Liquidation refers to the translation of hard assets to cash. This process does not only occur when one dies; it can actually be done when one wants to invest in something else. In this case of personal choice, it is easy because the owner gets to choose who does the liquidation for them.
Liquidation of an estate often occurs when the owner of the estate dies. The possessions of the deceased can be grouped into two classes:
- Physical personal property – These area items like cars, homes
- , land, etc.
- Immaterial personal property like stocks, bonds, etc. These are not commonly liquidated if they have a designated beneficiary.
Is estate liquidation legal?
Estate liquidation is done to legally clear out all the material personal property depending on the title of the property. If it has any designated beneficiaries, it may or may not be liquidated. In some cases, depending on the agreement the family has, even the immaterial property maybe liquidated.
The family or individual that needs to liquidate must contact a liquidating family who will help them in the process. It is wise to contact an estate seller/liquidator as soon as the death happens so that you get things cleared up fast enough.
The liquidating process also helps the family or the individual to get over the death of their loved one fast as they no longer see the deceased’s belongings. Liquidation could also take place to pay debts that the deceased left unpaid. These debts may include all sorts of taxes which the family has to pay.
How should liquidation take place after death?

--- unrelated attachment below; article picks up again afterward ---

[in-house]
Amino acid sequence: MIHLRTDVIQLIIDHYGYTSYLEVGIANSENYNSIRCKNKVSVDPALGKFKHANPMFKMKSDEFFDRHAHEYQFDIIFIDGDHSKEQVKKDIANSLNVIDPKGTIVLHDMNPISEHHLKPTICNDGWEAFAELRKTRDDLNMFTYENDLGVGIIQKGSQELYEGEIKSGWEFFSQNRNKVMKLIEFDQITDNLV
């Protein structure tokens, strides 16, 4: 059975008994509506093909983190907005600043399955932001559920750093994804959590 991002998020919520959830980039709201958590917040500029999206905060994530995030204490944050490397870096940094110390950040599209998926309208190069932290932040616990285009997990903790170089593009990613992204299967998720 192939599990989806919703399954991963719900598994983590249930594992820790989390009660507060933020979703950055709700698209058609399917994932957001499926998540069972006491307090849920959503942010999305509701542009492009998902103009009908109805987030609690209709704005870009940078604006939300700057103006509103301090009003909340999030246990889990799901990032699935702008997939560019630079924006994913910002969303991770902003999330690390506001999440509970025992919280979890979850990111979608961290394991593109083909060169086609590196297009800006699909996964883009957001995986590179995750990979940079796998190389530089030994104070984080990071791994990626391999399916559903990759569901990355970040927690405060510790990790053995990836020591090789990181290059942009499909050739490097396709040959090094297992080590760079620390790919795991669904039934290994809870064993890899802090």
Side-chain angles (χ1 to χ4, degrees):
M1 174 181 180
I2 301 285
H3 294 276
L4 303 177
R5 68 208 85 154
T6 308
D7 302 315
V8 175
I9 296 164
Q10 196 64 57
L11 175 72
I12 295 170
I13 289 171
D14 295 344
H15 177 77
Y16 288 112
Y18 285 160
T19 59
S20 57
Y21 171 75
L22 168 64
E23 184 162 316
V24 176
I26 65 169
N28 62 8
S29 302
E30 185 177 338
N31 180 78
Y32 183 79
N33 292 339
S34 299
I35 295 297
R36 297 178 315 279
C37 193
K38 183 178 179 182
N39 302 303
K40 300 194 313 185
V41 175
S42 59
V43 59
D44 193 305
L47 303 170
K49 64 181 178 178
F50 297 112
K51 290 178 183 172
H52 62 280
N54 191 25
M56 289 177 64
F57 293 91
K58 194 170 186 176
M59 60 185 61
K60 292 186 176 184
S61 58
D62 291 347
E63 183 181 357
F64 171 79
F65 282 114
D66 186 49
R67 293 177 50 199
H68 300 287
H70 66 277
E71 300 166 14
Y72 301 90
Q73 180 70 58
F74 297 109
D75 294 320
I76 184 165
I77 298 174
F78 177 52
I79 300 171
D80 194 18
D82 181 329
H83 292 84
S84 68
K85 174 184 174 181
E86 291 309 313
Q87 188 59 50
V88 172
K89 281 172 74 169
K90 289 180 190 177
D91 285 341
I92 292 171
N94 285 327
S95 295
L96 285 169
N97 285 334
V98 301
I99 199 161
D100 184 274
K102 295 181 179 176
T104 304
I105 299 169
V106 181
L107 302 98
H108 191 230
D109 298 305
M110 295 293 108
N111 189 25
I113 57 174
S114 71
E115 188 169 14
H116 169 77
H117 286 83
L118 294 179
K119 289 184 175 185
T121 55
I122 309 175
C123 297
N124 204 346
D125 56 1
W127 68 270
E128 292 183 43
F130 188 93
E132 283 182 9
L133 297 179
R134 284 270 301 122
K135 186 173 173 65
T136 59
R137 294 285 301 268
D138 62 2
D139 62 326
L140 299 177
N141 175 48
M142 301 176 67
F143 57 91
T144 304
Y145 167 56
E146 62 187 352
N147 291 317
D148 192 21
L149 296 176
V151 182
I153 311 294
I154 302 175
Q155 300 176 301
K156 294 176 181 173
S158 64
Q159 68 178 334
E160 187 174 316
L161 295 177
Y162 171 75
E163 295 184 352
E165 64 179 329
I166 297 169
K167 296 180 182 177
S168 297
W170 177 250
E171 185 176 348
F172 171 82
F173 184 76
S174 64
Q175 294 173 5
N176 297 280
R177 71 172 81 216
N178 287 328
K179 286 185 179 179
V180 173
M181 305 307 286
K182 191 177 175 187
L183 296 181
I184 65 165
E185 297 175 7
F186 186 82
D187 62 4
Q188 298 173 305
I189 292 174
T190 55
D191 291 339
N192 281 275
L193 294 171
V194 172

- Obtain several copies of the death certificate from the family members.
- Locate any will or trust that determines who is appointed to serve as a trustee.
- Locate any creditors who were owed by the deceased and contact them. Negotiate some of the debts to see if any of them are willing to cancel the debt out as bad debt.
- Receive the inventory for all the items they wish to liquidate.
- Secure the property. You must lock down the home to ensure no item is removed from the house. Have the person responsible sign the contract which allows you to liquidate the property. Be sure to explain that nothing should be removed after signing the contract.
- If the deceased left any minors or dependent adults, secure their future before releasing the money back to the person responsible.
Find help as fast as you can
With your loved one already deceased, there is surely a lot on your mind to deal with. The faster you let go of the property left behind, the better you will be emotionally. If you hold on to it, may cause you to grieve longer.
You cannot do all of the above alone. You will need help and it is best if you ask for it. A professional estate liquidator will come in handy to help you with all the processes that you need to go through. Finding an understanding liquidating company is vital to getting quality services.
June 22, 2018